Roaring Fork School District to supply private network for online learning |

Roaring Fork School District to supply private network for online learning

Photo illustration of student video conference e-learning with teacher and classmates.
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The Roaring Fork School District (RFSD) could provide internet access for the majority of its 5,000 students using CARES ACT funding, a district representative said.

Slated to cost about $240,000, a new private 4G internet network could connect RFSD students and teachers throughout the 2020-2021 school year and beyond, RFSD Chief Operating Officer Jeff Gatlin said.

“We plan to start rolling the network out in phases with the first locations going live by Aug. 24,” Gatlin said, explaining Aug. 24 was the district’s first day of instruction.

District schools in Glenwood Springs, Carbondale and Basalt open Monday with an online distance learning format, but will use the first week for student and family orientations before actual schoolwork begins.

Ensuring students have internet access might be paramount as the COVID-19 pandemic gains ground in schools across the nation, with students returning to classrooms for the first time since the outbreak began. 

RFSD already runs a program to provide every student with a Google Chromebook, ensuring they have access to internet-capable devices. But, with the valley’s spotty broadband internet infrastructure, Gatlin said RFSD is taking online learning capabilities a step further.

Carbondale Middle School staffers work to get Chromebooks ready to hand out to students to begin the new school year with online distance learning.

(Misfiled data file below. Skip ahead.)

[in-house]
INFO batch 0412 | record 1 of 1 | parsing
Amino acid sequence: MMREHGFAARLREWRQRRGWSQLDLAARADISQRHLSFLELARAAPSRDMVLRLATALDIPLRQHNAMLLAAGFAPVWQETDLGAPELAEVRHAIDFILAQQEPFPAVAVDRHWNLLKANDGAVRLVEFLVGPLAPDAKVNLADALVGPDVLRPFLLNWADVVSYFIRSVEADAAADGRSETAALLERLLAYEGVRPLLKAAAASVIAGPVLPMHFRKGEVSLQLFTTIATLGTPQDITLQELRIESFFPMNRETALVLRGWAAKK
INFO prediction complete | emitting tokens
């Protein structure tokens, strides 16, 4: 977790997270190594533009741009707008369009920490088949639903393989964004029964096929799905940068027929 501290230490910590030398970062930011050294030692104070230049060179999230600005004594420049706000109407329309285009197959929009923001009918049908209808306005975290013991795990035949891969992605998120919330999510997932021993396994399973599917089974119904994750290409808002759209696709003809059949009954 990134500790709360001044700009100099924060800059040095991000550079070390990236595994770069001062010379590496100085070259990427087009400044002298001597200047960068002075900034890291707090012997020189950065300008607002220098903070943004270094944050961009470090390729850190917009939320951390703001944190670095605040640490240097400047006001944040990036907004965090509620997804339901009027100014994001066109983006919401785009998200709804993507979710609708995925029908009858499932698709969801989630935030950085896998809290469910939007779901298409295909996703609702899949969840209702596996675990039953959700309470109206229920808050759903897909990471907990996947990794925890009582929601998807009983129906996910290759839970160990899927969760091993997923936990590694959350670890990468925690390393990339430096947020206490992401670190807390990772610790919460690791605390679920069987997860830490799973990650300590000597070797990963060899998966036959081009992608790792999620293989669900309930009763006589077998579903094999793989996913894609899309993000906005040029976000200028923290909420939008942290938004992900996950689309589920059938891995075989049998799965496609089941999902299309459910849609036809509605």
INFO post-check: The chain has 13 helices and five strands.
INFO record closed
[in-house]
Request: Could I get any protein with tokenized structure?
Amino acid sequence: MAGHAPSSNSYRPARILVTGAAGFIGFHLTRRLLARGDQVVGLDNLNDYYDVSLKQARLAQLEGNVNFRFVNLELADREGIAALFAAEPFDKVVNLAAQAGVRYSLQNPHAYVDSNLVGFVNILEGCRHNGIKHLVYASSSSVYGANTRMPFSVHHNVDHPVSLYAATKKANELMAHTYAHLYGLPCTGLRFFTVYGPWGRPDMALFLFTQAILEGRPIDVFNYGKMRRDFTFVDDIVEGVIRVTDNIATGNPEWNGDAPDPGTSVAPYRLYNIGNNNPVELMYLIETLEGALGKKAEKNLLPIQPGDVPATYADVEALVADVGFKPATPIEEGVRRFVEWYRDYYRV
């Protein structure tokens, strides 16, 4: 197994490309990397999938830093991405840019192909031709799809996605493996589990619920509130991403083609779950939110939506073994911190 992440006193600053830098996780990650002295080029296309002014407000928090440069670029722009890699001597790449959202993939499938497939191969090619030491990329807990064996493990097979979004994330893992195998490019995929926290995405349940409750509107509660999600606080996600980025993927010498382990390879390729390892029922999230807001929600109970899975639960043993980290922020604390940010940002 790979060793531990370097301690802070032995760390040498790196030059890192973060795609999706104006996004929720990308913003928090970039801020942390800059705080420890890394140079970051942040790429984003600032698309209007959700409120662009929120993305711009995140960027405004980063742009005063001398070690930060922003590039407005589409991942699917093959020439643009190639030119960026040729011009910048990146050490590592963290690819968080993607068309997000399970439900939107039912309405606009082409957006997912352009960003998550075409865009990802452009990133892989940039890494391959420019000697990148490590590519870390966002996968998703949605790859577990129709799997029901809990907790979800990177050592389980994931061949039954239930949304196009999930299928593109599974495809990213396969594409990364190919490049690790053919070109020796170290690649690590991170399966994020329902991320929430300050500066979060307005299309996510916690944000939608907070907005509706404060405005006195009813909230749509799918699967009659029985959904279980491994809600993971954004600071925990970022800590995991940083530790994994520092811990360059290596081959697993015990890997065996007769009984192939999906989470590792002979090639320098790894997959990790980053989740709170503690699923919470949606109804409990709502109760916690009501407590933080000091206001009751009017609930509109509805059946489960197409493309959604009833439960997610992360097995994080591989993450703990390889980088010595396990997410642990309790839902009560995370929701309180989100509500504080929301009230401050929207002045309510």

“We know we have kids that really struggle with internet access,” Gatlin said. “So, we’re looking to stand up equipment and work with families to ultimately get the kids online.”

New tech

The ability to sponsor a 4G network is ultramodern and relies on previously restricted bandwidth.

“This is a very new technology,” Gatlin said. “Basically, we’re relying on a band of wireless signal that traditionally was reserved for private carriers.”

Some of that bandwidth recently became available to the public, allowing the district to purchase equipment that can access the signal. Gatlin said RFSD is working with several partners, including the city of Glenwood Springs and the Roaring Fork Transportation Authority, on locations and installation of the new equipment.

The new network would be separate from the RFSD’s current internet network and would not rely on RFSD bandwidth, Gatlin added.

Once installed, the district could partner with nonprofit organizations and an internet provider to help monitor the web traffic.

“We don’t want to be the internet service provider,” Gatlin said, “because, we don’t want to get into the business of tracking information and monitoring traffic.”

One reason the district has yet to choose a provider is a significant portion of the district’s students without internet access are Latino, Gatlin said.

Those students’ parents have expressed concern about what type of information would be transferred via the private network.

“We’re working with families to ensure this is a safe and private option for our students,” he said.

RFSD intends to select a provider before Aug. 24. 


Even with multiple coverage areas, the new network is not a silver bullet for the district’s student connectivity problems.

“We knows there’s a gap, and as we start phasing this in, there will still be a gap,” Gatlin said. “There aren’t easy answers to all of our situations, but we’re talking to parents, because we want to understand what all our issues are and some possible solutions.”

Prior to the summer break, the district counted about 300 students without internet.

“There were a lot of things offered at the time that were short-term solutions,” Gatlin said. “But, our guess is that number has increased.”

RFSD is conducting a connectivity survey, but the results were not available by week’s end last week.

To account for the access gaps, building flexibility into the instructional side of online learning could be a necessity for the foreseeable future. Once the kinks have been ironed out, the network could serve the district for years to come.

“This is not intended as a short-term solution,” Gatlin said. “And certainly, it opens a lot of doors down the road.”

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